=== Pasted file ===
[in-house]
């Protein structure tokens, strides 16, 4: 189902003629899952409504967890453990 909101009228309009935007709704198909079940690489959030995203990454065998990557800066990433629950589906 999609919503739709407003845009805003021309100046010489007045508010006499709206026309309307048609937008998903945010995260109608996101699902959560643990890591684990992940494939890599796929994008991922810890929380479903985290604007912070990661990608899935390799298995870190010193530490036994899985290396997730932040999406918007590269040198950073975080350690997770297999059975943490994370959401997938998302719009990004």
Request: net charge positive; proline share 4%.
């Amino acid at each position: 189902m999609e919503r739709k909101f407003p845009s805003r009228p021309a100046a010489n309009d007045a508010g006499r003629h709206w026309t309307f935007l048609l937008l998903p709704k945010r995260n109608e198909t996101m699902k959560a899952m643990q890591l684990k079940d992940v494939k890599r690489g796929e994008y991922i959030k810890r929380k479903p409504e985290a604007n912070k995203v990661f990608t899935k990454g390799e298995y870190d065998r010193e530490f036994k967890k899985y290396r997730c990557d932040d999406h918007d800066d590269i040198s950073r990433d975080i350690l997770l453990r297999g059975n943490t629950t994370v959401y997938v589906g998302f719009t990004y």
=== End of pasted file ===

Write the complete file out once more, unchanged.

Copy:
[in-house]
């Protein structure tokens, strides 16, 4: 189902003629899952409504967890453990 909101009228309009935007709704198909079940690489959030995203990454065998990557800066990433629950589906 999609919503739709407003845009805003021309100046010489007045508010006499709206026309309307048609937008998903945010995260109608996101699902959560643990890591684990992940494939890599796929994008991922810890929380479903985290604007912070990661990608899935390799298995870190010193530490036994899985290396997730932040999406918007590269040198950073975080350690997770297999059975943490994370959401997938998302719009990004």
Request: net charge positive; proline share 4%.
């Amino acid at each position: 189902m999609e919503r739709k909101f407003p845009s805003r009228p021309a100046a010489n309009d007045a508010g006499r003629h709206w026309t309307f935007l048609l937008l998903p709704k945010r995260n109608e198909t996101m699902k959560a899952m643990q890591l684990k079940d992940v494939k890599r690489g796929e994008y991922i959030k810890r929380k479903p409504e985290a604007n912070k995203v990661f990608t899935k990454g390799e298995y870190d065998r010193e530490f036994k967890k899985y290396r997730c990557d932040d999406h918007d800066d590269i040198s950073r990433d975080i350690l997770l453990r297999g059975n943490t629950t994370v959401y997938v589906g998302f719009t990004y």